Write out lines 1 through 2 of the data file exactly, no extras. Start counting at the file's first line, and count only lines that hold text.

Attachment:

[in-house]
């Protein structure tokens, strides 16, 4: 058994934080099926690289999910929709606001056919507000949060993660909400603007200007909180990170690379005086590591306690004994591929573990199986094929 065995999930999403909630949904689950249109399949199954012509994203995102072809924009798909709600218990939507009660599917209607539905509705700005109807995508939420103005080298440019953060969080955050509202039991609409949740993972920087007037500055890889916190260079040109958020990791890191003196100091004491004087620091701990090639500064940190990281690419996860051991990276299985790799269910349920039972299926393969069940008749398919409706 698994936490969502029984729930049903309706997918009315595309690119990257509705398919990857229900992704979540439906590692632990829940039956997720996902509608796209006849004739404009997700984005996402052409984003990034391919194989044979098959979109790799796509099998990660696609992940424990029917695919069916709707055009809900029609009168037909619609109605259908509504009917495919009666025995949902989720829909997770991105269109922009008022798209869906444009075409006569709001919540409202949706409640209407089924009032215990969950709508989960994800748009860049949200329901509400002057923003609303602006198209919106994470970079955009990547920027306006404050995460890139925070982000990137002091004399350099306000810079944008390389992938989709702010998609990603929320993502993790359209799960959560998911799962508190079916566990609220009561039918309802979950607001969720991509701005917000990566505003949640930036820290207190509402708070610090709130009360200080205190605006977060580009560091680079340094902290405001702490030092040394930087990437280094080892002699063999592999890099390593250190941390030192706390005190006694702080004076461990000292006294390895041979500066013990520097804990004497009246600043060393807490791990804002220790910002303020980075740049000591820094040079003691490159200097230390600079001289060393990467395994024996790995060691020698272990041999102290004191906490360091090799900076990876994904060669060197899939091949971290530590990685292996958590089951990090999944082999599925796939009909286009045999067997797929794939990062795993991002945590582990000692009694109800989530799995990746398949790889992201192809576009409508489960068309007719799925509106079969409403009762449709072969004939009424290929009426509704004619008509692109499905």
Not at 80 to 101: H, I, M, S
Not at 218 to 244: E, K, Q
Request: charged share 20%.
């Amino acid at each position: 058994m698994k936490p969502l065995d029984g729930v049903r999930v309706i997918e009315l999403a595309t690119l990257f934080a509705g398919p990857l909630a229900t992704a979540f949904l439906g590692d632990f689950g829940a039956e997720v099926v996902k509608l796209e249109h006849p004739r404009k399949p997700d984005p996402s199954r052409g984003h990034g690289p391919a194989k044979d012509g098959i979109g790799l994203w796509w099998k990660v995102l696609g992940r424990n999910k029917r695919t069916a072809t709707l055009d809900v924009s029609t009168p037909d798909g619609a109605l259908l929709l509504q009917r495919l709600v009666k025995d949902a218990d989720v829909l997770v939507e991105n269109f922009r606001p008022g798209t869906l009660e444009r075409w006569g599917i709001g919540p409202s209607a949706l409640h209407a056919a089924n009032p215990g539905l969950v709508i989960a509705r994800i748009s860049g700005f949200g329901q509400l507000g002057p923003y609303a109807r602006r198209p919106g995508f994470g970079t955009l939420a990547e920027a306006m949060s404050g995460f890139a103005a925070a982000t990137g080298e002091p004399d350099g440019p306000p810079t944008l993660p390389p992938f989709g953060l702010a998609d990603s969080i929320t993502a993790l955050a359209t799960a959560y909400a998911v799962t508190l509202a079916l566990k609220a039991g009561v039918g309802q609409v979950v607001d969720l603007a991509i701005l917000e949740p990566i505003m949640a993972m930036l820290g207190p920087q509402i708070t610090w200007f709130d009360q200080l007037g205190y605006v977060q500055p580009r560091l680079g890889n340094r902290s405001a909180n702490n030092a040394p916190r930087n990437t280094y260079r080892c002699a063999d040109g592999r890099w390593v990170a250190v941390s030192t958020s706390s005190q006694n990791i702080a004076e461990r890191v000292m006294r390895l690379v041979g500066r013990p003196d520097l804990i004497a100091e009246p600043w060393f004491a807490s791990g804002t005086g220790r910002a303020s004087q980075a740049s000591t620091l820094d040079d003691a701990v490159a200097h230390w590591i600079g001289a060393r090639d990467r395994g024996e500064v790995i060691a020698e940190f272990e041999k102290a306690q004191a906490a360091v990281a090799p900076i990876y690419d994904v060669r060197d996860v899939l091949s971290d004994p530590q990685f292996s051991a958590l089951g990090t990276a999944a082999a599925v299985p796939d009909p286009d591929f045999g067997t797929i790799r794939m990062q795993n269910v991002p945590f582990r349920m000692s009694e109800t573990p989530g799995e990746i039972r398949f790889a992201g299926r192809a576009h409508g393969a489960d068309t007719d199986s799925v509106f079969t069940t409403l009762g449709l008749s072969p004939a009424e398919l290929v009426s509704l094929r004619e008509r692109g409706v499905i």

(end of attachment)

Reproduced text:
[in-house]
């Protein structure tokens, strides 16, 4: 058994934080099926690289999910929709606001056919507000949060993660909400603007200007909180990170690379005086590591306690004994591929573990199986094929 065995999930999403909630949904689950249109399949199954012509994203995102072809924009798909709600218990939507009660599917209607539905509705700005109807995508939420103005080298440019953060969080955050509202039991609409949740993972920087007037500055890889916190260079040109958020990791890191003196100091004491004087620091701990090639500064940190990281690419996860051991990276299985790799269910349920039972299926393969069940008749398919409706 698994936490969502029984729930049903309706997918009315595309690119990257509705398919990857229900992704979540439906590692632990829940039956997720996902509608796209006849004739404009997700984005996402052409984003990034391919194989044979098959979109790799796509099998990660696609992940424990029917695919069916709707055009809900029609009168037909619609109605259908509504009917495919009666025995949902989720829909997770991105269109922009008022798209869906444009075409006569709001919540409202949706409640209407089924009032215990969950709508989960994800748009860049949200329901509400002057923003609303602006198209919106994470970079955009990547920027306006404050995460890139925070982000990137002091004399350099306000810079944008390389992938989709702010998609990603929320993502993790359209799960959560998911799962508190079916566990609220009561039918309802979950607001969720991509701005917000990566505003949640930036820290207190509402708070610090709130009360200080205190605006977060580009560091680079340094902290405001702490030092040394930087990437280094080892002699063999592999890099390593250190941390030192706390005190006694702080004076461990000292006294390895041979500066013990520097804990004497009246600043060393807490791990804002220790910002303020980075740049000591820094040079003691490159200097230390600079001289060393990467395994024996790995060691020698272990041999102290004191906490360091090799900076990876994904060669060197899939091949971290530590990685292996958590089951990090999944082999599925796939009909286009045999067997797929794939990062795993991002945590582990000692009694109800989530799995990746398949790889992201192809576009409508489960068309007719799925509106079969409403009762449709072969004939009424290929009426509704004619008509692109499905």